Have you ever wondered what hydroxypropyl methylcellulose was? In this article I’ll cover in plain english what is it, what it’s used for and whether it’s safe to eat.
Reading food labels is not one of my favourite occupations, but is a necessary evil as I bring up a coeliac child.
I’m shocked at the long list of ingredients every time I pick up an item from the supermarket.
So in a new blog series I am going to be asking ‘What On Earth Is…’ about many of the ingredients I see and don’t understand.
As many of you know, I try to bake all of my own gluten-free goods.
With a busy life and little time this isn’t always possible.
So what exactly are those odd sounding ingredients that I’m feeding my family?
What is hydroxypropyl methylcellulose?
Hydroxypropyl methylcellulose is a white, odourless, tasteless powder made chemically through the modification of cellulose.
Cellulose is a natural polymer – long chains or structures made up of many, many molecules strung together.
What is it used for?
It is used as a vegan alternative to gelatine in medicines and supplements; as a treatment for dry eye syndrome and as a gluten replacement in gluten-free bread.
In gluten-free bread it improves the elasticity, stability, volume and moisture retention.
This makes a loaf more akin to gluten containing bread (source: Study on effects of HPMC and CMC on the properties of gluten-free bread).
Is it safe to eat?
Hydroxypropyl methylcellulose cannot be digested by humans and passes through the digestive system.
In the UK it was submitted by Dow (who manufacture HPMC for the global food market) for approval to the Advisory Committee on Novel Foods and Processes in November 2011.
It is now an EU and FDA-approved food additive and is considered non-toxic to humans.
It sounds great right?
And for gluten-free food manufacturers it must be a god send.
Softer bread, less holes, good colour, greater volume. Everything you want in bread!
However, a number of people have contacted me to say they cannot eat food that contains it.
I have also found a number of forums online where people have made the connection between bloating, wind and discomfort, to eating foods (or supplements) that contain it.
If you are on a gluten-free diet but still experiencing tummy discomfort then it might be worth checking whether this is in the food you are eating.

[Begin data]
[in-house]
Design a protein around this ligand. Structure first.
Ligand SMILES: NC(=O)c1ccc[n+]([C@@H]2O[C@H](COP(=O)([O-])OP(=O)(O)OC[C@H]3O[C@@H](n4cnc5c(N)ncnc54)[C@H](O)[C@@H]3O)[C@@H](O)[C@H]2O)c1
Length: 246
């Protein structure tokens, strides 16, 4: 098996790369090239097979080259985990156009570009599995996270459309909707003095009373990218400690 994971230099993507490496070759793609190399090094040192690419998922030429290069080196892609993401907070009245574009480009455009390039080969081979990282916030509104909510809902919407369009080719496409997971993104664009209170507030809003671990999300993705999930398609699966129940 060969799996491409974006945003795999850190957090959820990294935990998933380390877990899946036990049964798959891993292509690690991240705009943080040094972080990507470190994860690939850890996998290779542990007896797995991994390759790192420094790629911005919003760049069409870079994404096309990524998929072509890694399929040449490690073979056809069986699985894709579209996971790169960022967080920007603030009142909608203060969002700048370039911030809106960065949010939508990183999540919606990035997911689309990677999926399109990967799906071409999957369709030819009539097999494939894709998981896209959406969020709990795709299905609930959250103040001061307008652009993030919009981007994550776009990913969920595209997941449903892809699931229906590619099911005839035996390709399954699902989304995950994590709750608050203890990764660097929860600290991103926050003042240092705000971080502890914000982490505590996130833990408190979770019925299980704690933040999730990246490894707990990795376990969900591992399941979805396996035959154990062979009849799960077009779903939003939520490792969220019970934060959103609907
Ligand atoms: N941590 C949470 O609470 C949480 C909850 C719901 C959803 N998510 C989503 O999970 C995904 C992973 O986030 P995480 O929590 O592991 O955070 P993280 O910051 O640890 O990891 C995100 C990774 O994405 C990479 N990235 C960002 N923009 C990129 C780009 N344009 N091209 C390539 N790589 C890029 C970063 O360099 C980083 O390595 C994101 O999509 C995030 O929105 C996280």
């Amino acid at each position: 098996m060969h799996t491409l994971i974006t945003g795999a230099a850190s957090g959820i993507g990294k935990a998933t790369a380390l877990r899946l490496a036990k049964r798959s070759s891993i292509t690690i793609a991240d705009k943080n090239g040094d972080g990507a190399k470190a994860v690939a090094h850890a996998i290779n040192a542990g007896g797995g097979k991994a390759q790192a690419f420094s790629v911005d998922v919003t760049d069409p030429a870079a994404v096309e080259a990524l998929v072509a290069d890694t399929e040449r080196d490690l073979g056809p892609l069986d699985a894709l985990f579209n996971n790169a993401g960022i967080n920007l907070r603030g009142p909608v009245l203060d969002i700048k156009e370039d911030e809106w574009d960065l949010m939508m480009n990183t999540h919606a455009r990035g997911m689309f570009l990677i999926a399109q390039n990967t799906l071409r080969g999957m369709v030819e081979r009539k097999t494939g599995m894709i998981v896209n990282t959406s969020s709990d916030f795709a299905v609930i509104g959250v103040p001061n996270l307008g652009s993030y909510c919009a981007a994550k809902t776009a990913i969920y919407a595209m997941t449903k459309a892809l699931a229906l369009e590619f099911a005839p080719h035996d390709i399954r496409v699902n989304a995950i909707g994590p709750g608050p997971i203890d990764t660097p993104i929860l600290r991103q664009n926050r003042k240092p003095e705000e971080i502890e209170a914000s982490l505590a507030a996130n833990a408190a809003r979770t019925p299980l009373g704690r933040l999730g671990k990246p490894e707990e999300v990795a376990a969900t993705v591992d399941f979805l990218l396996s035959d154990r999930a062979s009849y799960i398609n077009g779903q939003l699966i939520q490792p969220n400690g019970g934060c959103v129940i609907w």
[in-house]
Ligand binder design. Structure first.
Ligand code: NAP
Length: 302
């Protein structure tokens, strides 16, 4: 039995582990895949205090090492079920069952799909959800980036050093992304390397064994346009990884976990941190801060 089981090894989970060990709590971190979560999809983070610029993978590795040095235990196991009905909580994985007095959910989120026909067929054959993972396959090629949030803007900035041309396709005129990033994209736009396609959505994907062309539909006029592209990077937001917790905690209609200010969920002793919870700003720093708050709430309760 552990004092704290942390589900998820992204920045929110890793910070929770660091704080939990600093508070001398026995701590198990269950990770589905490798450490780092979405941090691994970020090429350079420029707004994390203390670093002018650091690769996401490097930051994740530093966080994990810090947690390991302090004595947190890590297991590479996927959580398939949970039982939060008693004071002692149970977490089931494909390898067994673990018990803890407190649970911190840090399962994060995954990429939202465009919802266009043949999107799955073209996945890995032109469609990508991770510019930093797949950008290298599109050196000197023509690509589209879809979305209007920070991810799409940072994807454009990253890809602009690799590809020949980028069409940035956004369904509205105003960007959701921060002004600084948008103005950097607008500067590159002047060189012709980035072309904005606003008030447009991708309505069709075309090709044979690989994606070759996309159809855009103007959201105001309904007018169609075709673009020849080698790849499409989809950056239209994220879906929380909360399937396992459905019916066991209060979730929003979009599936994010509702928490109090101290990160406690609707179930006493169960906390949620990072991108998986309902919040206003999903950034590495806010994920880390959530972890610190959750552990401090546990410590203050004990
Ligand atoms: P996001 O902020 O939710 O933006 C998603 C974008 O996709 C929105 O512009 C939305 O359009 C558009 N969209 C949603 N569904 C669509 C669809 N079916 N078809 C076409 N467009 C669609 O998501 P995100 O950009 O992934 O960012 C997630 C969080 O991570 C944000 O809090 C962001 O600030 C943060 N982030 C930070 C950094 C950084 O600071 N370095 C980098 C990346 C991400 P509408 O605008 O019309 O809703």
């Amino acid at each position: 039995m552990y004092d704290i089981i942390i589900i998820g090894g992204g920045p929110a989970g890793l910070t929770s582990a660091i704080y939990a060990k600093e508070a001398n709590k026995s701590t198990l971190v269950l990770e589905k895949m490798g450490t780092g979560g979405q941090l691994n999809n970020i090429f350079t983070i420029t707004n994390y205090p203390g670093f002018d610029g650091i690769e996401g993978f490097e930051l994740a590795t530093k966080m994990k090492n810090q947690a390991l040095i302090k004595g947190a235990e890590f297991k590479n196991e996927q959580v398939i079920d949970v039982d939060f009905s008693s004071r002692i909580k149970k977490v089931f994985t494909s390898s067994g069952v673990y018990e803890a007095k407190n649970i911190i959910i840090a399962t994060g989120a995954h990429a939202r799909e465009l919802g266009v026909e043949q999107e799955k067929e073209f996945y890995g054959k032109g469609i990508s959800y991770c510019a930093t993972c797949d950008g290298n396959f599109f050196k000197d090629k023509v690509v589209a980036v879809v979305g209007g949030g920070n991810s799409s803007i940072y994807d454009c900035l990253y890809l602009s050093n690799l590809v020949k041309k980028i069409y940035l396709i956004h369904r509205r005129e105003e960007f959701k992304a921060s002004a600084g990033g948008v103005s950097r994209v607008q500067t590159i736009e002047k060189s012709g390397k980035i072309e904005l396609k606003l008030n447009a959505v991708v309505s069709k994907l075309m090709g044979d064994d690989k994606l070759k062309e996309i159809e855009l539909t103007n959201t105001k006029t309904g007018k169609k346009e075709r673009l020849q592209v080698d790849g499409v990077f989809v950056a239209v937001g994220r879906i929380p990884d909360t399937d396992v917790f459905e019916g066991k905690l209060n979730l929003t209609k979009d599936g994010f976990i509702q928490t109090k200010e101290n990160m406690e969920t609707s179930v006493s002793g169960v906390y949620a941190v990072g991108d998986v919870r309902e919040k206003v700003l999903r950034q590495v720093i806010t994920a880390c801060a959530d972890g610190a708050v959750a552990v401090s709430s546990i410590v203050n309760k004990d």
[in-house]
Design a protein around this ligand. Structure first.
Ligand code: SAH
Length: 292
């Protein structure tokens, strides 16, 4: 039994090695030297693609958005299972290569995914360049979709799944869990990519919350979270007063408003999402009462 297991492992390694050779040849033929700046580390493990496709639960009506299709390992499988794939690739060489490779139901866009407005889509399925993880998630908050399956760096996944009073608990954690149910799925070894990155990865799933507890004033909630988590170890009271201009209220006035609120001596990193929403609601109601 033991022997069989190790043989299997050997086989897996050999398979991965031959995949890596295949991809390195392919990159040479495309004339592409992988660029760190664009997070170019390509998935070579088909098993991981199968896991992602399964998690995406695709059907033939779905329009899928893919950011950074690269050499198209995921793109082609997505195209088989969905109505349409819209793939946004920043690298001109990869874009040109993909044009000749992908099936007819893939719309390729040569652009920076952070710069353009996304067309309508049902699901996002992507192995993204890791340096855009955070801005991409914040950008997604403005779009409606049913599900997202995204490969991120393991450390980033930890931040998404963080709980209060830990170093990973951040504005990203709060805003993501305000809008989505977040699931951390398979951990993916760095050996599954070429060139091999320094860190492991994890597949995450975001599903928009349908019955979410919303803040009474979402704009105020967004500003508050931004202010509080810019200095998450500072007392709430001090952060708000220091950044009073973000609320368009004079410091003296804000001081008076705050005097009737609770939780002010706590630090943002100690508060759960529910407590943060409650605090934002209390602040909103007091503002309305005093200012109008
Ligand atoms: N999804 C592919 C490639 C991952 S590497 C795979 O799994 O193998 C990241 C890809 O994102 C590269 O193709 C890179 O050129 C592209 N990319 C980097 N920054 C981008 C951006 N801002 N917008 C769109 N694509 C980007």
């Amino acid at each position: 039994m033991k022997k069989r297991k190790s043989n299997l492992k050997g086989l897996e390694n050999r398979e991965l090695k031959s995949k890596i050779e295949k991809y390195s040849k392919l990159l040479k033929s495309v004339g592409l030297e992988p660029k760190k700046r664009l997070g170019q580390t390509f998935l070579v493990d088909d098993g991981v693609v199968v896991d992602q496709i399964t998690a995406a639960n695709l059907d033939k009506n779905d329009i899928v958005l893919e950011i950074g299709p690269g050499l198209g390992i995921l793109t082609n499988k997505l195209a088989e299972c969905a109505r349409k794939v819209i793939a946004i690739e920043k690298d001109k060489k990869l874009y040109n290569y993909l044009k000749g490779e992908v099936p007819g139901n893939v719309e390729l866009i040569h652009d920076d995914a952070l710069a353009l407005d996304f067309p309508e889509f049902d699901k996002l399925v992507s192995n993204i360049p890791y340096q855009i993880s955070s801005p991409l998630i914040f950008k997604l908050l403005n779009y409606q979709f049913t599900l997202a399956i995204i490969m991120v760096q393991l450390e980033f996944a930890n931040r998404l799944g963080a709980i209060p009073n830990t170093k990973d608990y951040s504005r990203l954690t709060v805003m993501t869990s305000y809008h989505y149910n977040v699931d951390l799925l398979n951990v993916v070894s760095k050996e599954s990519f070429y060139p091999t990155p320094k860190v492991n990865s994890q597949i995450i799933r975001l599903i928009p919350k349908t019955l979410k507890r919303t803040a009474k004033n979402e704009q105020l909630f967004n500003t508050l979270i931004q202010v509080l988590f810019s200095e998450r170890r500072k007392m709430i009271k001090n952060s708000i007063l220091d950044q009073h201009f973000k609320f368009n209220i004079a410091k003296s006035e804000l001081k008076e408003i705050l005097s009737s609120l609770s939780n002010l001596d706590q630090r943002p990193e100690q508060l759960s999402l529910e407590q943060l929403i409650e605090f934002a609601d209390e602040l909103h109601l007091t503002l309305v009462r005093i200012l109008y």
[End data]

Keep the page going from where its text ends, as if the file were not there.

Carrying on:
You might also like to join my gluten free diet course where I help explore ingredients that may be causing ongoing symptoms.
What else can hydroxypropyl methylcellulose be called?
One particular manufacture (naming no names, but one of the big ones) lists it as E464 without the full name…it’s the same thing.
I haven’t found a single loaf of bread, roll or sandwich thin that doesn’t now contain this additive.
What’s the alternative?
For me, the answer is to bake as much as I can and to buy baked goods occasionally as treats.
If I can’t bake bread then ‘Roo’ tends to have corn cakes for her lunch rather than bought bread.
The ingredients are simple so I know what she’s getting.
If I’ve inspired you to have a go at baking your own bread then check out one of my popular recipes here.
You’ll find my Facebook Live video of how to bake a gluten free (vegan) garlic and herb tear and share bread here.
You’ll also find a few other videos on Facebook of me showing you how to make my various bread recipes.
Finally, if you want to bake wholesome bread then use my flour blends.
They are made from 70% wholegrain flours and provide you with a source of protein and fibre.
You can buy them here.
And I’d love to hear from you if you think you have trouble with HPMC or if there are any particular ingredients that you’d like me to look into next.
And if you have trouble with gluten free baking then you need to read my article what is a gluten free flour blend?
It explains what they are and why they are critical to your baking.
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